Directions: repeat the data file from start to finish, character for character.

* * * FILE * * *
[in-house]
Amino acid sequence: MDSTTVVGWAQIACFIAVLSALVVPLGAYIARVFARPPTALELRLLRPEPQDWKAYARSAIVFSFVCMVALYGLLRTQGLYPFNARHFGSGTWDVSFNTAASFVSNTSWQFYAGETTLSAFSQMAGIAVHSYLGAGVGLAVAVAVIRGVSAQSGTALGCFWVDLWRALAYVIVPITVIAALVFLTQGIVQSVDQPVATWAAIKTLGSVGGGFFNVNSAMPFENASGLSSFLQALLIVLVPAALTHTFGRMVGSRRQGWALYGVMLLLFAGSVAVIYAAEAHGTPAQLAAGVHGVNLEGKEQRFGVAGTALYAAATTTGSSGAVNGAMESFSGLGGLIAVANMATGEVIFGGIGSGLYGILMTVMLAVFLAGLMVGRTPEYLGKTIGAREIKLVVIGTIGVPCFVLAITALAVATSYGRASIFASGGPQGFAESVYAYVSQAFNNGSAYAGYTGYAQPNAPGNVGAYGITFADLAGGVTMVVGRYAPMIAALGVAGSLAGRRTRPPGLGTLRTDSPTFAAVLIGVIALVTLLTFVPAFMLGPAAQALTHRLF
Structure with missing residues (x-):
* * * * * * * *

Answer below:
[in-house]
Amino acid sequence: MDSTTVVGWAQIACFIAVLSALVVPLGAYIARVFARPPTALELRLLRPEPQDWKAYARSAIVFSFVCMVALYGLLRTQGLYPFNARHFGSGTWDVSFNTAASFVSNTSWQFYAGETTLSAFSQMAGIAVHSYLGAGVGLAVAVAVIRGVSAQSGTALGCFWVDLWRALAYVIVPITVIAALVFLTQGIVQSVDQPVATWAAIKTLGSVGGGFFNVNSAMPFENASGLSSFLQALLIVLVPAALTHTFGRMVGSRRQGWALYGVMLLLFAGSVAVIYAAEAHGTPAQLAAGVHGVNLEGKEQRFGVAGTALYAAATTTGSSGAVNGAMESFSGLGGLIAVANMATGEVIFGGIGSGLYGILMTVMLAVFLAGLMVGRTPEYLGKTIGAREIKLVVIGTIGVPCFVLAITALAVATSYGRASIFASGGPQGFAESVYAYVSQAFNNGSAYAGYTGYAQPNAPGNVGAYGITFADLAGGVTMVVGRYAPMIAALGVAGSLAGRRTRPPGLGTLRTDSPTFAAVLIGVIALVTLLTFVPAFMLGPAAQALTHRLF
Structure with missing residues (x-):